Leonard Woolf is one of the great unsung heroes of the 20th century, about whom the Bloomsbury industry has been very remiss. It has laboured, almost to death, his role as husband and carer of Virginia Woolf, with her complex mix of madness and genius, and remained airily indifferent to his other lives. But keeping his wife sane and able to write was only one of his jobs. Woolf became, among other things, a leading proponent of democratic socialism; an advocate for the dismantling of the colonial system; the publisher of TS Eliot, Katherine Mansfield and Sigmund Freud; the author of one of the earliest blueprints for the League of Nations; and a respected authority on international relations. This, we now learn, was the man who believed that any intelligent person could acquire in a few months (if she or he worked with the "laborious pertinacity of a mole or a beaver") the knowledge necessary for the understanding of any subject; and who advised others to change occupation every seven years, as he himself did.
It helped to be an outsider. It gave him an independence within Bloomsbury, for he was never more conscious of his position than when inside its ranks. Most within this intimate circle came from the upper echelons of the professional middle class. Though Woolf and his father belonged to the same, he felt an outsider because his family had only recently "struggled up into it from the stratum of Jewish shopkeepers". He lacked the "intricate tangle of ancient roots and tendrils" that held his friends socially in place. He envied their assurance and manners, and despised their assumptions.
It does not surprise that, at Cambridge, fellow undergraduates teased him for being violent, savage and a despiser of the human race. The tremor in his hand, which remained all his life, may have had a physiological cause but it worsened under stress. It contributed to the image Virginia Stephen retained, of "that violent, trembling misanthropic Jew".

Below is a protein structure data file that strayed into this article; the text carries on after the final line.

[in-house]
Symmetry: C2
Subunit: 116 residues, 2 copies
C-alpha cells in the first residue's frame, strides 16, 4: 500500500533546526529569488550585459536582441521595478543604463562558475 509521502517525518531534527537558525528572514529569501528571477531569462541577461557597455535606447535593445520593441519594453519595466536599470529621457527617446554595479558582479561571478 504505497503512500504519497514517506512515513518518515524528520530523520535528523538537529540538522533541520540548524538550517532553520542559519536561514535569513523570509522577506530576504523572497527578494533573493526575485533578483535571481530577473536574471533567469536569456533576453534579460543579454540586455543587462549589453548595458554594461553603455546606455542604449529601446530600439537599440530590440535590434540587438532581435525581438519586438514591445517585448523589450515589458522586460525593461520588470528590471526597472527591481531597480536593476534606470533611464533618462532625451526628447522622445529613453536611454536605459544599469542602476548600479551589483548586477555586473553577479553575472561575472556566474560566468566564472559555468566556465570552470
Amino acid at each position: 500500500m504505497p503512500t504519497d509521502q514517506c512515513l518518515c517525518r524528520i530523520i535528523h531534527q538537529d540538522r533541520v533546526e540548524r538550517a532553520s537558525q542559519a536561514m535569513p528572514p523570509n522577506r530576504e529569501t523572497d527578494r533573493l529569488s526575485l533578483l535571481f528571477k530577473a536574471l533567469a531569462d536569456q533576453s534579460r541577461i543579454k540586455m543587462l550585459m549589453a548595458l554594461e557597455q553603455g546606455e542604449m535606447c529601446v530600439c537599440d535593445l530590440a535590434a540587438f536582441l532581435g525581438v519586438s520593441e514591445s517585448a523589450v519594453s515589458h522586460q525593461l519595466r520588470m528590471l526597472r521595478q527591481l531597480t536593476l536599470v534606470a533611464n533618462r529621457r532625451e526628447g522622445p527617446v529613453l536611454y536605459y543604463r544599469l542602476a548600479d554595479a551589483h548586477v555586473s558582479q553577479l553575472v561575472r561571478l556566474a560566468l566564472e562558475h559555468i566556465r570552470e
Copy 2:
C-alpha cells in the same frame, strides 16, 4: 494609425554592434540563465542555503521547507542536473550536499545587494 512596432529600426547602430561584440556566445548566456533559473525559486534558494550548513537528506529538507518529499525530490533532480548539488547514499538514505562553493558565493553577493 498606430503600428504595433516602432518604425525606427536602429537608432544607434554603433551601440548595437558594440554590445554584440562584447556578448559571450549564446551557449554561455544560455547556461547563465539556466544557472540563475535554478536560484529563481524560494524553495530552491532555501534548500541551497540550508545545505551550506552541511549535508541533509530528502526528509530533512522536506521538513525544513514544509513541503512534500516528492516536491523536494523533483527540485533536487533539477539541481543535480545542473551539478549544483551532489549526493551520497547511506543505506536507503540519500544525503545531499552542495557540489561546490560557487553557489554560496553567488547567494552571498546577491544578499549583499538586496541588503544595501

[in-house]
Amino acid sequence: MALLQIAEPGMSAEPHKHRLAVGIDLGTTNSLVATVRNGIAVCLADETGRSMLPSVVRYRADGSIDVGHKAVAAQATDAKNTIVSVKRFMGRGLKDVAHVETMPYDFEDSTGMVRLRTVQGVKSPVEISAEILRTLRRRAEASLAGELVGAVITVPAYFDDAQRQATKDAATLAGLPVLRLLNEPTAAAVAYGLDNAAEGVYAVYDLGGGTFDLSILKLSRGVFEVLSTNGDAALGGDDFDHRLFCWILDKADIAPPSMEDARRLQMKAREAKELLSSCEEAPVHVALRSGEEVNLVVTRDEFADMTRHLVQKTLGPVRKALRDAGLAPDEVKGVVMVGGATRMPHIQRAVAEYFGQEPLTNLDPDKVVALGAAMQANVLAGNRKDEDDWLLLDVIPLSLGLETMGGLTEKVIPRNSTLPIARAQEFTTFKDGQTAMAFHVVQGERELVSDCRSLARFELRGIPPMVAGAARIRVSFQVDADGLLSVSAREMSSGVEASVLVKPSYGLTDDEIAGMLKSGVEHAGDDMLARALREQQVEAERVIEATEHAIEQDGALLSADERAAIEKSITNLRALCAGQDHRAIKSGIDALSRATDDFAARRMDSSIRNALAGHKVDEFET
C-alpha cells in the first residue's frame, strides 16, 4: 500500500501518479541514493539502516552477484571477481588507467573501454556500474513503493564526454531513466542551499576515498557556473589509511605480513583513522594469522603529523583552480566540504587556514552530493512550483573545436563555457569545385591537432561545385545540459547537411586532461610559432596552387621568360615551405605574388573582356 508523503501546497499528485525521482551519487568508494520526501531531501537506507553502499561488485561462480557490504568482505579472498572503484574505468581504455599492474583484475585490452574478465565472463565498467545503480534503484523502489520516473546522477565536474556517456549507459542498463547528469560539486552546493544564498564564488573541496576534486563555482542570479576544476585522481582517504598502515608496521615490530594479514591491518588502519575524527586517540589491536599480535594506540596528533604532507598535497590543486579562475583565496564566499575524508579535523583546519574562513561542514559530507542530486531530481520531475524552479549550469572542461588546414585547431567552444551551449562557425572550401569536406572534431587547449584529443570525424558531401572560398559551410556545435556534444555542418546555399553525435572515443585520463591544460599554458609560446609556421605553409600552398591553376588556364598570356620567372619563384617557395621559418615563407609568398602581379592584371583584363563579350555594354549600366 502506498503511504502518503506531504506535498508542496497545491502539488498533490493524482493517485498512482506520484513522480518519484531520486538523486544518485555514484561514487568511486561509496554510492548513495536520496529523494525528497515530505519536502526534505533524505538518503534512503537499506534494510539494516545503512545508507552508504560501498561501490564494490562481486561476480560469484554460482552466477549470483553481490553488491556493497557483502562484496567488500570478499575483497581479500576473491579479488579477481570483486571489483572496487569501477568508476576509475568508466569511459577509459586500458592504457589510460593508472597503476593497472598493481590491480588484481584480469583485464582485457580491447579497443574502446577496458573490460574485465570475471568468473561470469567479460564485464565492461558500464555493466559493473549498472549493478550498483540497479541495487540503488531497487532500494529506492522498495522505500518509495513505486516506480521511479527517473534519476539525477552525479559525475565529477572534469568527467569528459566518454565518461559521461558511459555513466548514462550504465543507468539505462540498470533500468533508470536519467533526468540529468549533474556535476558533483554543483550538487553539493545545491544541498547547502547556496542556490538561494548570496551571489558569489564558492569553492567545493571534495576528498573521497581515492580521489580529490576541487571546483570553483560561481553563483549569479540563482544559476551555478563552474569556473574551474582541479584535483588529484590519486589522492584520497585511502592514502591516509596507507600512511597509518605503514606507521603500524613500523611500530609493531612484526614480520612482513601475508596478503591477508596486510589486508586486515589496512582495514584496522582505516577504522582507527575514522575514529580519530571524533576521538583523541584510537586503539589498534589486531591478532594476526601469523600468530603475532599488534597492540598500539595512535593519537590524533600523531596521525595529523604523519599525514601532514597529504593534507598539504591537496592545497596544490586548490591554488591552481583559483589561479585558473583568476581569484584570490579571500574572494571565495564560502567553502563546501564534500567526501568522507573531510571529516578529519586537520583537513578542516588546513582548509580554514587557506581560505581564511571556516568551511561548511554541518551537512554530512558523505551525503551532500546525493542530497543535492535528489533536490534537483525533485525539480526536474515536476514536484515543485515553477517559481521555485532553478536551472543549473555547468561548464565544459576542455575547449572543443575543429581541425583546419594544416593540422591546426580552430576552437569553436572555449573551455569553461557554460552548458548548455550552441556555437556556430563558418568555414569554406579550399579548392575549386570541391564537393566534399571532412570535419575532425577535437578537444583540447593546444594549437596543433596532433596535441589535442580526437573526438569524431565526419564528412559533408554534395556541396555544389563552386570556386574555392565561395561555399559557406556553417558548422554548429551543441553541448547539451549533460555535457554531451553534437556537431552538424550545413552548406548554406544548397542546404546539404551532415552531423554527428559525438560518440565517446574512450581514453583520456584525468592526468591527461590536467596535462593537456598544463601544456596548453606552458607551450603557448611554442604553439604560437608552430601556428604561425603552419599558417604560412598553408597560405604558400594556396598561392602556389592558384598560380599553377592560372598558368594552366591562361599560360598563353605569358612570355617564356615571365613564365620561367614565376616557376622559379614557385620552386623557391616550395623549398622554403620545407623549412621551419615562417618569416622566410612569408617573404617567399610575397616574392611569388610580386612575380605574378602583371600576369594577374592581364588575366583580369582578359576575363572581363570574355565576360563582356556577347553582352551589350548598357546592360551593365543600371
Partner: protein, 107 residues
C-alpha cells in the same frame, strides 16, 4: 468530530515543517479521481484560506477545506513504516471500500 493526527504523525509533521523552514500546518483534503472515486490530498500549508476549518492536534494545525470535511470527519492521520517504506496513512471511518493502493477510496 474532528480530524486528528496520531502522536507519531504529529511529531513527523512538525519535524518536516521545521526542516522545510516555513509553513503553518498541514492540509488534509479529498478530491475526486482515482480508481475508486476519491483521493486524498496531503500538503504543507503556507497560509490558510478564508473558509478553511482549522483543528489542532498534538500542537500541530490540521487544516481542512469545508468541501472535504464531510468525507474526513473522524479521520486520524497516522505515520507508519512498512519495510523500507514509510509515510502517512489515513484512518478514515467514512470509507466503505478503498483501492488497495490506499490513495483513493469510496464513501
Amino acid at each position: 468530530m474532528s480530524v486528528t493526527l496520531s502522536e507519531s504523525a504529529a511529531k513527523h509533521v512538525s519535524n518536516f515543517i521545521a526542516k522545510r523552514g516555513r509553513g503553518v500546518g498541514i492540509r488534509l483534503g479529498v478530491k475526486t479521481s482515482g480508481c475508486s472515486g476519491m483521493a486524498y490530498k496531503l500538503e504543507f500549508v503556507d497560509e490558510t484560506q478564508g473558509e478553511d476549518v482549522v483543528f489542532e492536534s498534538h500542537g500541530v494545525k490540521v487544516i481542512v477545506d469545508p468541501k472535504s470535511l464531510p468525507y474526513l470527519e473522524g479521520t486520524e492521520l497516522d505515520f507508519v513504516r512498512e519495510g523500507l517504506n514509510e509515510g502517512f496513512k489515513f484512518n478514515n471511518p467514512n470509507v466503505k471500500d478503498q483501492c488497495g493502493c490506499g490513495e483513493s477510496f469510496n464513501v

Though she became his wife, Virginia has been frequently accused of anti-Semitism. Victoria Glendinning's slant on this, as on much else in this bewitching biography, is more playful and more knowing. She acknowledges that Virginia shared in the unthinking habits of most English gentiles. But she also points out that by calling Woolf "a penniless Jew", as she often did at the time of their engagement, Virginia was "maximising the social frisson this would cause". Marrying a Jew, Glendinning astutely observes, was part of her rebellion against the conventions in which she was raised.
The first time Woolf saw her and her sister Vanessa, the beauty of the two sisters took his breath away. This was at Cambridge, in rooms belonging to the Goth, as he and his friends nicknamed the girls' brother, Thoby Stephen. Even then, he was not so dazzled by their white dresses, large hats and parasols as to miss the look in their eyes. It belied demureness, for it was "a look of great intelligence, hypercritical, sarcastic, satirical".